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Program Provided Too Few Incentives to Help Boost Competitiveness of Dominican Apparel Exports, Concludes USITC in Its Final Report

September 17, 2019
News Release 19-088
Contact: Peg O'Laughlin, 202-205-1819
Program Provided Too Few Incentives to Help Boost Competitiveness of Dominican Apparel Exports, Concludes USITC in Its Final Report

Ten years after its implementation, the Earned Import Allowance Program (EIAP) did not provide enough incentives to significantly boost Dominican apparel exports to the U.S. market, reports the U.S. International Trade Commission (USITC) in its publication Earned Import Allowance Program: Evaluation of the Effectiveness of the Program for Certain Apparel from the Dominican Republic; Tenth Annual Review.

The program terminated by statute on December 1, 2018.

The EIAP allowed apparel manufacturers in the Dominican Republic who used U.S. fabric to produce certain apparel to earn a credit that could be used to ship eligible apparel made with non-U.S.-produced fabric into the United States duty free. The Dominican Republic-Central America-United States Free Trade Agreement Implementation Act, as amended, required the USITC, an independent, nonpartisan, factfinding federal agency, to evaluate annually the effectiveness of the EIAP program and make recommendations for improvements.

The USITC's 10th and final annual review was submitted to the U.S. House of Representatives Committee on Ways and Means and the U.S. Senate Committee on Finance on September 17, 2019. Highlights of the report follow.

  • Of the 13 registered firms, only four used the program in its final year, the same as the prior year.
  • In 2018, U.S. imports of woven cotton bottoms from the Dominican Republic fell 4 percent by value to just under $1.4 million in 2018, down from $1.5 million in 2017, and fell 2 percent by quantity to 150,716 SMEs in 2018 from 153,679 SMEs in 2017. The continued decline in U.S. imports under the EIAP in its final year likely reflects a significant decline in woven trouser manufacturing capacity in the Dominican Republic, a simultaneous shift by U.S. importers to Asian suppliers during the life of the program, and anticipation of the expiration of the program on December 1, 2018. The general decline in the program’s usage after U.S. imports under the EIAP peaked in 2010 may also reflect the lack of changes made to the program despite the recommendations put forth since the first annual review.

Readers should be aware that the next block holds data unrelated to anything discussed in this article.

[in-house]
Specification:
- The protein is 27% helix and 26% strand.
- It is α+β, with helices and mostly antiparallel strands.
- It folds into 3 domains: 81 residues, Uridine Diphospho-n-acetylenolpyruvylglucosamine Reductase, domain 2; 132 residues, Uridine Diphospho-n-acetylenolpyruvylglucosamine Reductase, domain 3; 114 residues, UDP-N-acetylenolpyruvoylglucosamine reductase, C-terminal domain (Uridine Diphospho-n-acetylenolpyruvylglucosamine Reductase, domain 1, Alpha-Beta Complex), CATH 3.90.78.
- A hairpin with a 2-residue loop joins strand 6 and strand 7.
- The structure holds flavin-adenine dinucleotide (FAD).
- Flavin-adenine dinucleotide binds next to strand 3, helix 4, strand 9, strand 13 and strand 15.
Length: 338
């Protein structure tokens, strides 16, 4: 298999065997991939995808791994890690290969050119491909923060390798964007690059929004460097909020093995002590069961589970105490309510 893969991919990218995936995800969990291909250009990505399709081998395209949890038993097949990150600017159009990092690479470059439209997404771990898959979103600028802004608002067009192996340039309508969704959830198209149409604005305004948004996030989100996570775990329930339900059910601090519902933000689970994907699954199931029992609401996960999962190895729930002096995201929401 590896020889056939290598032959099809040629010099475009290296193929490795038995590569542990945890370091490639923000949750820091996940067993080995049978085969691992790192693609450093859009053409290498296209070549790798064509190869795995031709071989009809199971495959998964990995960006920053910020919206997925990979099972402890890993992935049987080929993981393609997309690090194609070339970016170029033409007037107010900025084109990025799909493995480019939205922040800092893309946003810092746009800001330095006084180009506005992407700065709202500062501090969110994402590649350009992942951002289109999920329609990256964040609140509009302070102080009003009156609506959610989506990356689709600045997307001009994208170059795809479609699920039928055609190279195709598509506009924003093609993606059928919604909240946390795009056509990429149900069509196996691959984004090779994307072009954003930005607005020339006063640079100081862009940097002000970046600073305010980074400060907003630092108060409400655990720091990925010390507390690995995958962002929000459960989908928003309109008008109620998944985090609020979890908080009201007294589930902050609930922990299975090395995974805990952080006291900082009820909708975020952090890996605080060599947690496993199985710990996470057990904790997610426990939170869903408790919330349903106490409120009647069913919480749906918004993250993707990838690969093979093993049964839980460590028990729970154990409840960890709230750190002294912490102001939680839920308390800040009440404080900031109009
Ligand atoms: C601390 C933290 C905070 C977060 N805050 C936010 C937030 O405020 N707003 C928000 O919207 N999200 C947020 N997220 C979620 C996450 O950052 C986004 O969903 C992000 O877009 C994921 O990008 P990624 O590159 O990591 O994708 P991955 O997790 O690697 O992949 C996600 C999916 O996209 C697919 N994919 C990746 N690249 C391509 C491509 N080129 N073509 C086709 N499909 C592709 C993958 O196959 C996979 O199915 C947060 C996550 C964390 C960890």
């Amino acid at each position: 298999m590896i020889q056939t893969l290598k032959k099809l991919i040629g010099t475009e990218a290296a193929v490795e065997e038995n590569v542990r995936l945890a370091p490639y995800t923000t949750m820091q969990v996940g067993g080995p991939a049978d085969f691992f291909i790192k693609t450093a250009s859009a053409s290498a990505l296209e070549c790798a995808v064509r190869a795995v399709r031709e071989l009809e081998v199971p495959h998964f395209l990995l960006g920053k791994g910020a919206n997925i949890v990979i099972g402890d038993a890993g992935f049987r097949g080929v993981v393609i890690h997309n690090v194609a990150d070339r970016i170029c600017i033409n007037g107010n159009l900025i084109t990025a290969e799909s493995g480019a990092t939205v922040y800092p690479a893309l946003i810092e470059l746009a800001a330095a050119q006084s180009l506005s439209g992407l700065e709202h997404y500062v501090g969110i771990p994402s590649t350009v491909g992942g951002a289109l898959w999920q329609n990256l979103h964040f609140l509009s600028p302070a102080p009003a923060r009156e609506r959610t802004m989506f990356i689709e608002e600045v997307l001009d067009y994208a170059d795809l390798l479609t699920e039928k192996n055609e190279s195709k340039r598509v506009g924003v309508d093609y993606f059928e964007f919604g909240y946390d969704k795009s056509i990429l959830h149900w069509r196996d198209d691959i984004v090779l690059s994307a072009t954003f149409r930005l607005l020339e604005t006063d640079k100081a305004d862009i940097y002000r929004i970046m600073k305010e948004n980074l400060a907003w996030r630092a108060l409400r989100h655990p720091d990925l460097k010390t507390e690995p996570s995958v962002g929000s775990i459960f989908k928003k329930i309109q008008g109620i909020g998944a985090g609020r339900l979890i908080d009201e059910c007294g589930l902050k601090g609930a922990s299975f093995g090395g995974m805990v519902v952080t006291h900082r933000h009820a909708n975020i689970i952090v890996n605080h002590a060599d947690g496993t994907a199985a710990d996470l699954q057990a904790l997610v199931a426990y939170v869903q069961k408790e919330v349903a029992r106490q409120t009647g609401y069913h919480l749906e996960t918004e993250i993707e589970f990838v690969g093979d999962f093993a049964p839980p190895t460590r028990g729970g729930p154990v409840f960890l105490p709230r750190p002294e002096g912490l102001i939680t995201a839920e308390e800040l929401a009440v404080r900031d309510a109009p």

• No new recommendations to improve the program were received during the 10th annual review of the EIAP, nor were there any known requests or efforts to extend the program beyond its expiration date. During the previous nine annual reviews, the government of the Dominican Republic, industry representatives, and users of the program consistently made three principal recommendations to improve the EIAP: 1) lower the 2-for-1 ratio of U.S. to foreign fabric to a 1-for-1 ratio; 2) expand the program coverage to enable other types of fabrics and apparel items to be included in the EIAP; and 3) change the requirement that dyeing and finishing of eligible fabrics occur in the United States.

Earned Import Allowance Program: Evaluation of the Effectiveness of the Program for Certain Apparel from the Dominican Republic; Tenth Annual Review (Inv. No. 332-503, USITC Publication 4950, September 2019) is available on the USITC's Internet site at http://www.usitc.gov/publications/332/pub4950.pdf

USITC general factfinding investigations, such as this, cover matters related to tariffs or trade and are generally conducted at the request of the U.S. Trade Representative, the House Committee on Ways and Means, and the Senate Committee on Finance. The resulting reports convey the Commission's objective findings and independent analyses on the subject investigated. The Commission makes no recommendations on policy or other matters in its general factfinding reports. Upon completion of each investigation, the USITC submits its findings and analyses to the requester. General factfinding investigations reports are subsequently released to the public, unless they are classified by the requester for national security reasons.

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